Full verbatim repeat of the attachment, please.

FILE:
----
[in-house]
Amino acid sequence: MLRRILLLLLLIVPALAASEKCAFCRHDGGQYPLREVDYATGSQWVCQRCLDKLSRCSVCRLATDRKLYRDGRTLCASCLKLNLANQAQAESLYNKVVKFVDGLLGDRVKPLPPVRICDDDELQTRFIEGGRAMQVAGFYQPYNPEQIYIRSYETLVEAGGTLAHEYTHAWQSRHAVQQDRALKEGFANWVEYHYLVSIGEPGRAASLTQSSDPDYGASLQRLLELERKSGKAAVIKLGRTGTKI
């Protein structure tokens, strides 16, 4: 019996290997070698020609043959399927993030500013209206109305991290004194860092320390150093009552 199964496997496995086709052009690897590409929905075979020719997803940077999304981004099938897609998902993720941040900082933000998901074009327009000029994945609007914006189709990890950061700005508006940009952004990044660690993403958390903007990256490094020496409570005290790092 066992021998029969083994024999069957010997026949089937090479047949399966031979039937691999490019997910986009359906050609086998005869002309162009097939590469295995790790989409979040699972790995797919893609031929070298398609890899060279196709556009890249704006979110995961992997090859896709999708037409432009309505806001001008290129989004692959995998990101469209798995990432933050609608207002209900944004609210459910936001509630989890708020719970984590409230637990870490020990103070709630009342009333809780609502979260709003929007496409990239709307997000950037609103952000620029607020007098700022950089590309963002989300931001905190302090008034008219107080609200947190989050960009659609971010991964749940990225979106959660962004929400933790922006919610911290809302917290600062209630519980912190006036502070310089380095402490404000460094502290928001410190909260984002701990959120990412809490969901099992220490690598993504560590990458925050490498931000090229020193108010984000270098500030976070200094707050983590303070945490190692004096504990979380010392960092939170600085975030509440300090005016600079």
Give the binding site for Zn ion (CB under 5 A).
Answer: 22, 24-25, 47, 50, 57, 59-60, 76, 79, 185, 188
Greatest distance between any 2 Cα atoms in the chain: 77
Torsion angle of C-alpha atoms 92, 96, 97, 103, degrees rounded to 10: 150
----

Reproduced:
[in-house]
Amino acid sequence: MLRRILLLLLLIVPALAASEKCAFCRHDGGQYPLREVDYATGSQWVCQRCLDKLSRCSVCRLATDRKLYRDGRTLCASCLKLNLANQAQAESLYNKVVKFVDGLLGDRVKPLPPVRICDDDELQTRFIEGGRAMQVAGFYQPYNPEQIYIRSYETLVEAGGTLAHEYTHAWQSRHAVQQDRALKEGFANWVEYHYLVSIGEPGRAASLTQSSDPDYGASLQRLLELERKSGKAAVIKLGRTGTKI
């Protein structure tokens, strides 16, 4: 019996290997070698020609043959399927993030500013209206109305991290004194860092320390150093009552 199964496997496995086709052009690897590409929905075979020719997803940077999304981004099938897609998902993720941040900082933000998901074009327009000029994945609007914006189709990890950061700005508006940009952004990044660690993403958390903007990256490094020496409570005290790092 066992021998029969083994024999069957010997026949089937090479047949399966031979039937691999490019997910986009359906050609086998005869002309162009097939590469295995790790989409979040699972790995797919893609031929070298398609890899060279196709556009890249704006979110995961992997090859896709999708037409432009309505806001001008290129989004692959995998990101469209798995990432933050609608207002209900944004609210459910936001509630989890708020719970984590409230637990870490020990103070709630009342009333809780609502979260709003929007496409990239709307997000950037609103952000620029607020007098700022950089590309963002989300931001905190302090008034008219107080609200947190989050960009659609971010991964749940990225979106959660962004929400933790922006919610911290809302917290600062209630519980912190006036502070310089380095402490404000460094502290928001410190909260984002701990959120990412809490969901099992220490690598993504560590990458925050490498931000090229020193108010984000270098500030976070200094707050983590303070945490190692004096504990979380010392960092939170600085975030509440300090005016600079």
Give the binding site for Zn ion (CB under 5 A).
Answer: 22, 24-25, 47, 50, 57, 59-60, 76, 79, 185, 188
Greatest distance between any 2 Cα atoms in the chain: 77
Torsion angle of C-alpha atoms 92, 96, 97, 103, degrees rounded to 10: 150